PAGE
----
Even as Bill Clinton settled into a large lead over President George Bush after his nominating convention, the core team in Little Rock kept gaming out how we could still lose. Pretending I was Bob Teeter, Bush’s pollster, I conducted a national survey in order to design the best campaign possible against Bill Clinton; our media team made simulated ads and we used the survey to test our response. The resulting ‘Teeter Memo’ proposed that Bush lead off with an attack ad, ‘Bill Clinton, failed governor of a small state’, and close the campaign on ‘trust’. But instead, the real Bush campaign, doubtful that the country would elect a ‘draft dodger’ as President, stayed on the Vietnam War draft even though the voters were done with it. That misreading would lead voters to lock in for Clinton.
KeywordsFocus Group Democratic Party Progressive Politics Labour Government Labour Party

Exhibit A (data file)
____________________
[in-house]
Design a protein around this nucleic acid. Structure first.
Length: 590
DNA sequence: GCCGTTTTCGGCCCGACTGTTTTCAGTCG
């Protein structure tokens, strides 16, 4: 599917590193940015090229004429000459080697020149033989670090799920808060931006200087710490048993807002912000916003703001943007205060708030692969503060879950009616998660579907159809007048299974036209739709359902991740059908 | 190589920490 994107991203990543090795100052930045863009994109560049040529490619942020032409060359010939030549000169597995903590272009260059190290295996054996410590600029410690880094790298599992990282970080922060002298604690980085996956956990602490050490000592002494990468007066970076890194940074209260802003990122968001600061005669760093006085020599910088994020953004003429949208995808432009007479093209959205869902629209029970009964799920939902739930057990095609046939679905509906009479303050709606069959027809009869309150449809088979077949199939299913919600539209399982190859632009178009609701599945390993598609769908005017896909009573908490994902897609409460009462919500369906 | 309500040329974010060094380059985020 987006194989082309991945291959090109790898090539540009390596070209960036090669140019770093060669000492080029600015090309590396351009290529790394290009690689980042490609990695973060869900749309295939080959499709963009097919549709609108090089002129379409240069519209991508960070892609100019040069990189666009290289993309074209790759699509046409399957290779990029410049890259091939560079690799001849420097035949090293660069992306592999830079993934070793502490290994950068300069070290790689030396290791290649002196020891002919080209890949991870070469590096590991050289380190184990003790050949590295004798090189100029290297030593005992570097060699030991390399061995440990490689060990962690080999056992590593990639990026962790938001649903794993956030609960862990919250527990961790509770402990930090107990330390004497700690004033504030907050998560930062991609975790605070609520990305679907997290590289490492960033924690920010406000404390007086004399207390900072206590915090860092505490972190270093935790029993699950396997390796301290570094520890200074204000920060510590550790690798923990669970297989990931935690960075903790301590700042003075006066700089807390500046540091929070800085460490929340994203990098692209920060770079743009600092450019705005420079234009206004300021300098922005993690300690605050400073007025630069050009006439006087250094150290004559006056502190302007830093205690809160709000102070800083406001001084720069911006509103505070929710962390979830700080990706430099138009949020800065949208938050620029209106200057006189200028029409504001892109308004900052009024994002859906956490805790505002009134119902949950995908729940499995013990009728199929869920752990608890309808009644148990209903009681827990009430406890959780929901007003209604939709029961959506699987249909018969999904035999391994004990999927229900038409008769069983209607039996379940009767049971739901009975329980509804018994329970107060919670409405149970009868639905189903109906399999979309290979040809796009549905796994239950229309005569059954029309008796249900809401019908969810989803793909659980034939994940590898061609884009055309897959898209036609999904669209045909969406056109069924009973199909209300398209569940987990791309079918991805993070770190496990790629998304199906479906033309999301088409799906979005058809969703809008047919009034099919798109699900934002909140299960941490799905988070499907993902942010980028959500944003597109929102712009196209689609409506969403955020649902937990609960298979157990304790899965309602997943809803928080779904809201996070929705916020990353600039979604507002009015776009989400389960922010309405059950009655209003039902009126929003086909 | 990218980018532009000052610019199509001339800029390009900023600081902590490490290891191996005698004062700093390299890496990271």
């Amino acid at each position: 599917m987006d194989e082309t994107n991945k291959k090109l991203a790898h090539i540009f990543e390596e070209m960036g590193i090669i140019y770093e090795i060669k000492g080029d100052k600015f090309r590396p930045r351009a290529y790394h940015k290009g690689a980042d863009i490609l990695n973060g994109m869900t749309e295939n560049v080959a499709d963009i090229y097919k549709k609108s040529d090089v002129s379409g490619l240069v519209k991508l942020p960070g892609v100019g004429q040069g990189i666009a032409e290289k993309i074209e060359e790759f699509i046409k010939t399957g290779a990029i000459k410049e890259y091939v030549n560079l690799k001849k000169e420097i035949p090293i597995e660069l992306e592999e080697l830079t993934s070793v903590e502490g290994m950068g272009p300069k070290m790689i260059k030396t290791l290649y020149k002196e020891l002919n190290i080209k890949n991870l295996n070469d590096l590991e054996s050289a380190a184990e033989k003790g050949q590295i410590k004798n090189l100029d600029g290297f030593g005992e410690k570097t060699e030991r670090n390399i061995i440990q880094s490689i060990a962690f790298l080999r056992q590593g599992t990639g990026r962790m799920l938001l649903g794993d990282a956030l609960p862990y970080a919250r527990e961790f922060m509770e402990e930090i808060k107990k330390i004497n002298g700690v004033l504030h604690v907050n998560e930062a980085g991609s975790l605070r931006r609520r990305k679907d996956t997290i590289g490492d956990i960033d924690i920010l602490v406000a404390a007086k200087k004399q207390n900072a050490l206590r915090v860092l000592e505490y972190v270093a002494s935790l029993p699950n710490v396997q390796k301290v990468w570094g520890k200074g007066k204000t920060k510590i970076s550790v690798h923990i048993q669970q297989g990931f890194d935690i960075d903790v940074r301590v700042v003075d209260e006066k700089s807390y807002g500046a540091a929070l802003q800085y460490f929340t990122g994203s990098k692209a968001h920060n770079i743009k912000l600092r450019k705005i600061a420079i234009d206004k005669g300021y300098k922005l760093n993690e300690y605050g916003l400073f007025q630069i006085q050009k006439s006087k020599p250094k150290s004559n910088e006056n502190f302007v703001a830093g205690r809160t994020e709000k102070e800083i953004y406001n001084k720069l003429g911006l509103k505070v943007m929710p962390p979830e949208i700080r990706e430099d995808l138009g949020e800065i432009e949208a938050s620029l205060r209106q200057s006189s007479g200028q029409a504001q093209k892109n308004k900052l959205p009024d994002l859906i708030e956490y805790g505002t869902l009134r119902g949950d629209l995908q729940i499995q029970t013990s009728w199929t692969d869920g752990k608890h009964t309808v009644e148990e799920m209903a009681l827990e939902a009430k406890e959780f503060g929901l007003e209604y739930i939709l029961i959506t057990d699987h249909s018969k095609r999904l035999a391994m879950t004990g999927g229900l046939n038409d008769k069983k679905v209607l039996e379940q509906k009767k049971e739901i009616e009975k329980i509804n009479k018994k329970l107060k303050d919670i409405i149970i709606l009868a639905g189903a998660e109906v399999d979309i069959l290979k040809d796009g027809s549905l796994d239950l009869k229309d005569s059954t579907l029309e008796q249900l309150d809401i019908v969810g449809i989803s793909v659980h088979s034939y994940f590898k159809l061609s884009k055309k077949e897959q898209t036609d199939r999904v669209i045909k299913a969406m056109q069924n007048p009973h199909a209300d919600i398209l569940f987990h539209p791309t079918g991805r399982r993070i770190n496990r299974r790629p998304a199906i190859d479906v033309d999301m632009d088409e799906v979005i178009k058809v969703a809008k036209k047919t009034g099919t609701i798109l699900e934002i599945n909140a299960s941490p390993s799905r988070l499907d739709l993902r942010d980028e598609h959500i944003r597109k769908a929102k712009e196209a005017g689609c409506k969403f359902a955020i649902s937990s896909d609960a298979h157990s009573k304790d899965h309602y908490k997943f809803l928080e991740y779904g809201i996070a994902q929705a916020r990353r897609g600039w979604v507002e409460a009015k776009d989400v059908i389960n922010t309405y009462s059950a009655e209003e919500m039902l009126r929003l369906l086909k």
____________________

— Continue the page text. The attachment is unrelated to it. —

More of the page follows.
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- 1.Philip Gould, The Unfinished Revolution: How New Labour Changed British Politics For Ever, 2nd edn (Little, Brown, 2011), p. 158.Google Scholar
- 2.Philip Gould, The Unfinished Revolution: How the Modernisers Saved the Labour Party (Little, Brown, 1998), pp. 162–170.Google Scholar
- 5.See my account in Stanley B. Greenberg, Dispatches from the War Room: In the Trenches with Five Extraordinary Leaders (St. Martin’s Press, 2009), pp. 181–182.Google Scholar